Now I understand that some people will be appalled, just on general principle, at the idea of attaching a purposely cheap, plastic lens to a high-end, full-frame camera. They just don’t see the point. The Canon 5D MKII can deliver crisp, beautiful images when coupled with ordinary glass, so why go messing things up by putting a defiantly low-tech piece of plastic on there?
I get this objection, but I am just camera-curious. I know what my camera can do with perfect light at f/8 and everything composed just-so. But, I like to mess around with other possibilities. Some will immediately dismiss the Holga Direct HL-C lens as a faddy bit of nostalgic junk. For my part, I get bored with “perfect” images in the classical sense and really enjoy tweaking my shots in post or exploring a new technique that deviates from the standard, photography textbook approach to thing.
For a long while I have been trying to achieve some of the low-fi charm of the Holga (or others like it) using software. But, the chance to make some of those adjustments “in camera” is very appealing. And on top of that, the HL-C will only set you back about $26. In fact, I bought mine with some Amazon points I had accrued, so it basically cost me nothing.
Now, to the lens itself. I already had the Holga Direct Pinhole lens (which I bought accidentally when I thought I was getting the HL-C). In essence, you have the front piece from the both beloved and decried Holga, medium-format camera, it is just built to fit on a Canon EF mount. There is no aperture, but the literature says you are getting about f/8. The focus is manual and reminiscent of disposable cameras where the focal range is marked out in little symbols that correspond to what you are shooting— a single person’s torso means close up, a mountain symbol means far away (or focused to infinity).
The guide that the HL-C ships which tells you what these four focal icons mean in meters but you are better off just guessing based on the icons. This is because you really can’t see a damn thing through the HL-C. Even in decent mid-day light it is hard to detect the subjects in the frame. That is really my only complaint with this cheap little beauty; composition is a bitch. I imagine that this is a legacy of the medium format camera from whence the original lens design came. On the original Holga (a light-leaking, all plastic, Chinese made, mass-market camera) you composed through a view finder where the image did not pas through the lens, much like a rangefinder-style set up. In that configuration, it really isn’t important wether the view though the lens is clear because it just passes light straight to the film.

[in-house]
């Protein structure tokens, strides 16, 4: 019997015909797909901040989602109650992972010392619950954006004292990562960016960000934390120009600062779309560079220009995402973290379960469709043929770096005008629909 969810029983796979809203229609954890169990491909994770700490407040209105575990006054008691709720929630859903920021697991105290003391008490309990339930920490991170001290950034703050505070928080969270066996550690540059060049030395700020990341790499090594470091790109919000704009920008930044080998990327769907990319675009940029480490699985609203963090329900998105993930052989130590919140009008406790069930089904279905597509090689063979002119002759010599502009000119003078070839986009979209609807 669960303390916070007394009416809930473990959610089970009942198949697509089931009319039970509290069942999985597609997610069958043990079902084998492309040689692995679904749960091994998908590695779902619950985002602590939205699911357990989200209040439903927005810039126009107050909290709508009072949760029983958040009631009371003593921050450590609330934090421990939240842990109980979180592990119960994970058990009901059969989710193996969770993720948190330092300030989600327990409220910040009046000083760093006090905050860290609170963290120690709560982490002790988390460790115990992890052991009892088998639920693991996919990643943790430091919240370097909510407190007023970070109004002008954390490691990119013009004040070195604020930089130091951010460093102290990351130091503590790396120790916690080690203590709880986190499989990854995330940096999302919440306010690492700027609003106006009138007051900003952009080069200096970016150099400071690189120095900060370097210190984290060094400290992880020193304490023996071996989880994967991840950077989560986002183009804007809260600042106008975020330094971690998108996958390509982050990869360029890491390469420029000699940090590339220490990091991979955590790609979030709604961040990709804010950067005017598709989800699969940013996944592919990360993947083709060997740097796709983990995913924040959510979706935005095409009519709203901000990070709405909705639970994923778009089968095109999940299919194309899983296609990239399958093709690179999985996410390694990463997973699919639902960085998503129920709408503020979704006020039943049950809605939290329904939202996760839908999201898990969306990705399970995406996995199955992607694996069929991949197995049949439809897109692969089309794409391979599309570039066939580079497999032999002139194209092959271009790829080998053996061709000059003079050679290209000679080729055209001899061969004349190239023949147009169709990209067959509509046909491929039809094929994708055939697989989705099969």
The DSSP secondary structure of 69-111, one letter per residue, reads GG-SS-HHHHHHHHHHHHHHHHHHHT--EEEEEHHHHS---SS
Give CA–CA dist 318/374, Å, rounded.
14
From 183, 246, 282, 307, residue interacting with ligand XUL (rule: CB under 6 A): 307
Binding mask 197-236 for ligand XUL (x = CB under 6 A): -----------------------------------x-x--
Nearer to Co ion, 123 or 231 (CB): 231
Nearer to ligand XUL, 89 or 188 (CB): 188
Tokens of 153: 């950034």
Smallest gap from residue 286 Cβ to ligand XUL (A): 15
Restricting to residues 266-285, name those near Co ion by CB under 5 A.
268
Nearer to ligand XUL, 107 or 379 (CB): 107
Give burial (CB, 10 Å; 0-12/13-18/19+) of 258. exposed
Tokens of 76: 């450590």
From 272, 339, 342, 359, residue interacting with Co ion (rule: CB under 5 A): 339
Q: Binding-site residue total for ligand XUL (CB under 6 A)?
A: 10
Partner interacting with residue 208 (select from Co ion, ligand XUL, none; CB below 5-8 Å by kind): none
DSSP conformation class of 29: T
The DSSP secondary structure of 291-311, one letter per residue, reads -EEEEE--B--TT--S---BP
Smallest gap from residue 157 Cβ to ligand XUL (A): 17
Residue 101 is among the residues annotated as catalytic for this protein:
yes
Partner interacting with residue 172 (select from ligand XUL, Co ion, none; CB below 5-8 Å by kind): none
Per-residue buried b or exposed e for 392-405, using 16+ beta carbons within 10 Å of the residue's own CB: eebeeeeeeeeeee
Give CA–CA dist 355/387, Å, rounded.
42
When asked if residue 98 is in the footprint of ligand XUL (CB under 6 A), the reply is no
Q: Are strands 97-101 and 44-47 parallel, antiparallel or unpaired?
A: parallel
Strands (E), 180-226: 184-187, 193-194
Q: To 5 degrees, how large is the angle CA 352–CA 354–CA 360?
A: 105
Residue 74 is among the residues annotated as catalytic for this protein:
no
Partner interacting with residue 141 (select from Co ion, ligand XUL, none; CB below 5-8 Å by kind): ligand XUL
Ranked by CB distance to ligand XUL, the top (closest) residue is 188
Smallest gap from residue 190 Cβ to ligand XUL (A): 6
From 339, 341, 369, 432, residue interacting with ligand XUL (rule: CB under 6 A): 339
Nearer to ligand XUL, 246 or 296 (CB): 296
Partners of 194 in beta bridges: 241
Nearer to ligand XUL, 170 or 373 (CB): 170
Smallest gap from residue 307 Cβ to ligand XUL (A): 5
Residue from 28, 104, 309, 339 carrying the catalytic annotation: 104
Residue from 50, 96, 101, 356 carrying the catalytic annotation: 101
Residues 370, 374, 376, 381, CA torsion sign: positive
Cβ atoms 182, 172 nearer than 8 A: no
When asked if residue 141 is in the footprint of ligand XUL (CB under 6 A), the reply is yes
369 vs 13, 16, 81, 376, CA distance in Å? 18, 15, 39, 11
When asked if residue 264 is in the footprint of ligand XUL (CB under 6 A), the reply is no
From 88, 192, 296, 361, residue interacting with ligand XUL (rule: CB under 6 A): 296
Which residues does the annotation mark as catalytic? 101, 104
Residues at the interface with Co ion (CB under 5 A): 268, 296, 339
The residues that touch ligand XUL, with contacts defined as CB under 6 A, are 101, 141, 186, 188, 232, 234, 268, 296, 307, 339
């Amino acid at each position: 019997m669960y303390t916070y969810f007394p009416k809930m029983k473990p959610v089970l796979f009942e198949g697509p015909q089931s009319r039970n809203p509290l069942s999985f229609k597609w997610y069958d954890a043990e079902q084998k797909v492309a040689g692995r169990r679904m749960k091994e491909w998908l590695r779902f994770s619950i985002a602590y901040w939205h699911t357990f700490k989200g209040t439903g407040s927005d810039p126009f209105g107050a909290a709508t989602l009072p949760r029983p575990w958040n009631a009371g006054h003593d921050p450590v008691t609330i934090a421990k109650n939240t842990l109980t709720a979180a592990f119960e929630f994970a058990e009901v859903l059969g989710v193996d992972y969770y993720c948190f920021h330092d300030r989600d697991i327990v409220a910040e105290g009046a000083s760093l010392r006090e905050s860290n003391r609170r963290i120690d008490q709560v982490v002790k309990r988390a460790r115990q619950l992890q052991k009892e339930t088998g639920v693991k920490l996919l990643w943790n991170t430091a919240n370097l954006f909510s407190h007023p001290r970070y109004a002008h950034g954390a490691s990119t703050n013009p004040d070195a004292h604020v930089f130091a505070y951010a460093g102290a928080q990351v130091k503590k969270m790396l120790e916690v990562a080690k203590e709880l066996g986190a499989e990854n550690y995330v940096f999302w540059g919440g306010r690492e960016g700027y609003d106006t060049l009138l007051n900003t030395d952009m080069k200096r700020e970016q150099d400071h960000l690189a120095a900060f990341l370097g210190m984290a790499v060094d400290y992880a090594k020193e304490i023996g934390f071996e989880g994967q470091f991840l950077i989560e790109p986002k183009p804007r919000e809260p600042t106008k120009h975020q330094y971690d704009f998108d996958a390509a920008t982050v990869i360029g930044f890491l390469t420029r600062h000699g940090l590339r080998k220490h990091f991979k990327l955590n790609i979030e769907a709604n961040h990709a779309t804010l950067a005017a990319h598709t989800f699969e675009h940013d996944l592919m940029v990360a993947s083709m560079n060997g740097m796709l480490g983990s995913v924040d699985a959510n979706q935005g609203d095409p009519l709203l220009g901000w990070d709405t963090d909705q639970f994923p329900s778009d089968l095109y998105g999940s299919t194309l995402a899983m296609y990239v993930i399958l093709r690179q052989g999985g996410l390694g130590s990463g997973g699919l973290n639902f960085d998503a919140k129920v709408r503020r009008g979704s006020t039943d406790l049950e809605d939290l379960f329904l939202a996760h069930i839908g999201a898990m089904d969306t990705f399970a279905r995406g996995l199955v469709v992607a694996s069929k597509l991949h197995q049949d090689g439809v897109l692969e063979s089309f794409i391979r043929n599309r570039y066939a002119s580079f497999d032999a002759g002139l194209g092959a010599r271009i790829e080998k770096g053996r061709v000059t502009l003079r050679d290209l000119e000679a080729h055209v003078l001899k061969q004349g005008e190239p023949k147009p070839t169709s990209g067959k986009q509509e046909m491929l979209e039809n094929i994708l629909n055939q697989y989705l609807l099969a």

The HL-C, by design, is a guessing game. And though the manufacturer states that the effective f-stop is f/8, it sure seems lower to me. The shot here was at ISO 1600 to give you an idea of just how little might actually get through. It should almost go without saying that there is no auto focus confirmation with the HL-C. Many manual lenses have a chip that allows the camera’s AF system to determine if your imagine is in focus, but not so with the HL-C. I doubt that Canon’s AF system would work even if their was a chip because of how little light get through, but that is just speculation.
The lead shot on this post is the same image, tweaked in Aperture for color separation, exposure compensation and some highlight recovery. I then played with it in Nik’s Color Efex Pro 4 to give it more of a film look and restore some of the original vignette which had gone sort o green. Then I passed it through Dfine 2 to remove some of the noise the had popped up.
Just for fun, I played with the original shot in Nik’s Snapseed for Mac desktops. Snapseed is a life saver on iOS devices but it is nice to have it on my main computer just for ease of editing. I also wanted to see the differences between Snapseed and the more expensive and complex Color Efex Pro 4. But, that is probably a subject for another post. I’ll say briefly that the desktop version of Snapssed is as good as the iOS version but has the same limitations inherent in a simple piece of post-processing software. I also included a zoomed crop of part of the image just to demonstrate the resolution of the lens.
In conclusion, the HL-C is pretty much what you would expect. It heavily vignettes your shots, produces soft photos and renders colors very palely and skews purplish. However, for $26 bucks you can’t really go wrong. I don’t know of any cheaper lens out there. And, if you appreciate a certain low-fi appearance to your images and want to accomplish some this before you start manipulating your shots then the HL-C is a good option. Plus, it has a certain smoothness that you lose when trying to get an aged effect on crisp original photos.
Overall, the price point makes this lens a good option for just about anyone but it is tough to work with so be prepared for some frustration. If you’re an odd lens fetishist (read, hoarder) then go for it. But, pristine snappy pictures will not be produced by the HL-C.